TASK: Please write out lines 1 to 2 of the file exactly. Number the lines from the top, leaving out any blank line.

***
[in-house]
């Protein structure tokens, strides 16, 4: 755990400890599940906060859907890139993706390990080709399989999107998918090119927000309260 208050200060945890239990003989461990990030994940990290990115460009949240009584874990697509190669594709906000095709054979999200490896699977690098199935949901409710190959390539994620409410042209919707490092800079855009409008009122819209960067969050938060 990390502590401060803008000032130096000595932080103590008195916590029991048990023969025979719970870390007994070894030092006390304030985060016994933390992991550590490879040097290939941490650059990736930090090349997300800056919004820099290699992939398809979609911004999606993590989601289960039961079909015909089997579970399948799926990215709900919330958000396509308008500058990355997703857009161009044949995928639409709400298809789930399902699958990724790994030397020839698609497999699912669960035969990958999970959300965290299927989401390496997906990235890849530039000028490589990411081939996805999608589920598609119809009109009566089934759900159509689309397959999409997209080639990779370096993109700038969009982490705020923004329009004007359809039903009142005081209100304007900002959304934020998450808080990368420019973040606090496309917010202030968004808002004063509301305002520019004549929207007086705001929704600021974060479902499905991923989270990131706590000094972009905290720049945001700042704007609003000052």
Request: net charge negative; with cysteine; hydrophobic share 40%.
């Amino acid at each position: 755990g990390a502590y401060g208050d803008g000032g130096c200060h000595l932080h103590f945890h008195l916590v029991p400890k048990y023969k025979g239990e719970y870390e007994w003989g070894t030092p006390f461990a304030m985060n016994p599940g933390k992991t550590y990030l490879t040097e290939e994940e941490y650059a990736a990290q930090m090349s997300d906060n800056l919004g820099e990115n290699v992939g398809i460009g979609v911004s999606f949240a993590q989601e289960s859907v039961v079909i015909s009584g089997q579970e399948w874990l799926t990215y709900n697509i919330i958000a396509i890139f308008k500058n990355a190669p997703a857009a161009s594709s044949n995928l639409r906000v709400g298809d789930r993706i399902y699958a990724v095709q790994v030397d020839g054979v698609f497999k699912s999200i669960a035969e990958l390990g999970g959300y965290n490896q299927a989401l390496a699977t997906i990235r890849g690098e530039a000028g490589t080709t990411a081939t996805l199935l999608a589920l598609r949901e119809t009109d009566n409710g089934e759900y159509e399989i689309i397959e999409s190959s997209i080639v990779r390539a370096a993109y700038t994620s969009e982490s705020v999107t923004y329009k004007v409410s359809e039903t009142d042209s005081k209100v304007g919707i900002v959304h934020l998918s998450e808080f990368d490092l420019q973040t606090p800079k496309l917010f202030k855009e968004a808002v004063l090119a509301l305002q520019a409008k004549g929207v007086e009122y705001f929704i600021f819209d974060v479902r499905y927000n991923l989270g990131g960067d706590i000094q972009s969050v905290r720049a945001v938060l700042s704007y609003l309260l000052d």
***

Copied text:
[in-house]
């Protein structure tokens, strides 16, 4: 755990400890599940906060859907890139993706390990080709399989999107998918090119927000309260 208050200060945890239990003989461990990030994940990290990115460009949240009584874990697509190669594709906000095709054979999200490896699977690098199935949901409710190959390539994620409410042209919707490092800079855009409008009122819209960067969050938060 990390502590401060803008000032130096000595932080103590008195916590029991048990023969025979719970870390007994070894030092006390304030985060016994933390992991550590490879040097290939941490650059990736930090090349997300800056919004820099290699992939398809979609911004999606993590989601289960039961079909015909089997579970399948799926990215709900919330958000396509308008500058990355997703857009161009044949995928639409709400298809789930399902699958990724790994030397020839698609497999699912669960035969990958999970959300965290299927989401390496997906990235890849530039000028490589990411081939996805999608589920598609119809009109009566089934759900159509689309397959999409997209080639990779370096993109700038969009982490705020923004329009004007359809039903009142005081209100304007900002959304934020998450808080990368420019973040606090496309917010202030968004808002004063509301305002520019004549929207007086705001929704600021974060479902499905991923989270990131706590000094972009905290720049945001700042704007609003000052």